FRIDAY, Dec. 11 (HealthDay News) -- Blood levels of LDL cholesterol, the bad kind that blocks arteries, go up sharply in women at the time of menopause, but there are no other dramatic changes in risk factors for heart attack, stroke and other cardiovascular problems, a new study has found.
"This suggests that as women approach menopause, they need to have their lipid profiles checked," said Karen A. Matthews, a professor of psychiatry, epidemiology and psychology at the University of Pittsburgh and the study's lead author. A report on the findings is published in the Dec. 15/22 issue of the Journal of the American College of Cardiology, which is focused on prevention of cardiovascular disease.
Two other studies reported in the same issue showed that higher doses of statins, drugs that lower LDL cholesterol levels, are more effective over the long run than lower doses in preventing heart attacks, other cardiovascular problems and premature death.
The menopause report is the latest from a study that has followed more than 3,000 American women since 1996, "trying to understand the changes women experience during life," Matthews said. One major change is menopause, when menstruation stops as production of estrogen is reduced.
It has been known that women's risk for cardiovascular problems increases after menopause. "Our study has been checking many different things in relation to menopause and cardiovascular risk," Matthews said. "The primary result is an increase in total cholesterol, due to an increase in LDL cholesterol as well as in apolipoprotein B, the protein carrier for LDL cholesterol."
Those changes occur regardless of ethnic background and "appear to be a fairly uniform response to menopause," she said.
"Other risk factors we measured didn't show a dramatic change," Matthews said. "I expected to see some change in inflammatory factors because some data suggest that hormone users have higher cholesterol levels, but it did not occur."
The lesson she draws from the finding is that women should pay more attention to lifestyle factors associated with cardiovascular risk as menopause approaches and occurs. "They should lose weight and keep it off and increase their physical activity," Matthews said. "Smokers should stop smoking."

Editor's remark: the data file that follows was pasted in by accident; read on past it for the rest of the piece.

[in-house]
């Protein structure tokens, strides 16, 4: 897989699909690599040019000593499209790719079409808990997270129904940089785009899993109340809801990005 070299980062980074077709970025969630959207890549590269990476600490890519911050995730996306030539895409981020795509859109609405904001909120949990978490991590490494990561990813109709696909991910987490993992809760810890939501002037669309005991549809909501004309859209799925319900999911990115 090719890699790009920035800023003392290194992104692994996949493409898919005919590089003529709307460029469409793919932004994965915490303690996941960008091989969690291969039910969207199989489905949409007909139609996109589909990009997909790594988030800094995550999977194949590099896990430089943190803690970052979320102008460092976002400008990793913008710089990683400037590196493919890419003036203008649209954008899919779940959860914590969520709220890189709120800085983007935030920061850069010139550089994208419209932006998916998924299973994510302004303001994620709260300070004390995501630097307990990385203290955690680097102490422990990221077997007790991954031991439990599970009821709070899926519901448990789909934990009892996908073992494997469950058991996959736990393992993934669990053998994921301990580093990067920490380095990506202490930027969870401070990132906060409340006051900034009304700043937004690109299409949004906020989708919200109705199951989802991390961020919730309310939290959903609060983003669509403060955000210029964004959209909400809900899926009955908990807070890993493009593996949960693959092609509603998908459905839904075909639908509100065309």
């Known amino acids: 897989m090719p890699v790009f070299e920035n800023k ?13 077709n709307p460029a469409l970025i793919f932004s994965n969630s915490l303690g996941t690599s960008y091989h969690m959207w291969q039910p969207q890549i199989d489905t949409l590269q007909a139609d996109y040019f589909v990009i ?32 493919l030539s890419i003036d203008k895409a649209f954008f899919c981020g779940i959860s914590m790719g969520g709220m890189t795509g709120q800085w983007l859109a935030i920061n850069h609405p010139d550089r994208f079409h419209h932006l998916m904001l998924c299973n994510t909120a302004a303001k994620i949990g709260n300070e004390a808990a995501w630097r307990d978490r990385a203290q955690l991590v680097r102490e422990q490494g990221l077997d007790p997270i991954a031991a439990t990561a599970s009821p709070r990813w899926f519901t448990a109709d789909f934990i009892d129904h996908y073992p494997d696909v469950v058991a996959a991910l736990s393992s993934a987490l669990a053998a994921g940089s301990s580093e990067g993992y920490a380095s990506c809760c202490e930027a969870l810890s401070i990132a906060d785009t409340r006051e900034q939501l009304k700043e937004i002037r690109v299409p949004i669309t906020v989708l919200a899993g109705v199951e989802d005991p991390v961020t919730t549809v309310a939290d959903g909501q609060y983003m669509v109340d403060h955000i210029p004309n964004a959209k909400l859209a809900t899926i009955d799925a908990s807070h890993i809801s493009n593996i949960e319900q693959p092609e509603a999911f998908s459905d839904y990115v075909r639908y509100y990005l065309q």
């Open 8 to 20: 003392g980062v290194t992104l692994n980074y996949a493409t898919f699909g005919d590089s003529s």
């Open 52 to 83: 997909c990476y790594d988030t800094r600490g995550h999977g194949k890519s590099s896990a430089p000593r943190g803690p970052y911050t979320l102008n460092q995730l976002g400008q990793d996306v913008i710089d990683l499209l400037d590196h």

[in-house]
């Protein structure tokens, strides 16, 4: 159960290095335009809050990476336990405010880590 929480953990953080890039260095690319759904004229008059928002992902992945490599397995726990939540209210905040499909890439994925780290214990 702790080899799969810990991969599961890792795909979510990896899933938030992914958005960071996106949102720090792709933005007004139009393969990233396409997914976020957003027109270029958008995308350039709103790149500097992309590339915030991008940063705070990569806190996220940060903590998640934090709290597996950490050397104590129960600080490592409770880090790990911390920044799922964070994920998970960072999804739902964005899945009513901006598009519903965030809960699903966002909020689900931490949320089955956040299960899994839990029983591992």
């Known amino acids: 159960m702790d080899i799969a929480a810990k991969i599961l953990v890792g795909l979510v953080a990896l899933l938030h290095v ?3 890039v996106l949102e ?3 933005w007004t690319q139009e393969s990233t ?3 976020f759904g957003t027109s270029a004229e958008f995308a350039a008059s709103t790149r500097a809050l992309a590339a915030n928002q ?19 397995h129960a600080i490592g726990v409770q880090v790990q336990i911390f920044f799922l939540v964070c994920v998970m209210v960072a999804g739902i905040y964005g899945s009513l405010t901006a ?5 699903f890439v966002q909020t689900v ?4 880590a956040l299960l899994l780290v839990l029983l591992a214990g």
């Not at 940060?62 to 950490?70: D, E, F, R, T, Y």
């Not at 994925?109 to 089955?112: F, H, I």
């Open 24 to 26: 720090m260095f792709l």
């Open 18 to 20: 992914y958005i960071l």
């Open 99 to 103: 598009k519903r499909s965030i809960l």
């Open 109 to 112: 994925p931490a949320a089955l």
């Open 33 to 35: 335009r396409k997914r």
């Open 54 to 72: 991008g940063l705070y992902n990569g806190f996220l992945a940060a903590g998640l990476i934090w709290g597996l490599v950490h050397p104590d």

The study will continue to chart the changes that occur after menopause, she said, looking at such problems as "what happens if you have a lot of hot flashes."
The two statin studies, sponsored by Pfizer and Bristol-Myers Squibb, which market versions of the cholesterol-lowering drugs, looked at the effects of different dosages, comparing 80 milligrams a day with 40 milligrams daily in nearly 14,000 patients who had experienced one heart attack or other cardiovascular event.
It's been customary to give a higher statin dose after such an event, and the question has been whether to switch back to the lower dose after a while, said Dr. Christopher P. Cannon, a cardiologist at Brigham and Women's Hospital in Boston and a member of the team that performed one of the studies.
"The short answer is that the use of strong statins is helpful in preventing not just a first heart attack or death but could prevent more problems than just one," Cannon said.
That answer emerged because the researchers changed the way they had been counting. In previous studies, they stopped assessing the effect of higher-dose statin use after a single second event. In the two new studies, they kept monitoring the effects after a second event.
"The benefits are even bigger than we thought," Cannon said. "Fifty percent more events were prevented than we have been counting to date because we were just counting the first event."
Other studies in the same issue of the journal reported that:
- People who stopped smoking after a first heart attack had half the risk of dying prematurely than did those who continued to smoke.
- High blood pressure and atherosclerosis, or hardening of the arteries, develop before puberty in obese children, and increased physical activity decreases them.
- Modest weight loss in obese adults, an average of 22 pounds, improves heart muscle and blood vessel structure and function.
The American Heart Association has more on good and bad cholesterol.
SOURCES: Karen A. Matthews, Ph.D., professor, psychiatry, epidemiology and psychology, University of Pittsburgh School of Medicine, Pittsburgh; Christopher P. Cannon, M.D., cardiologist, Brigham and Women's Hospital, Boston; Dec. 15/22, 2009, Journal of the American College of Cardiology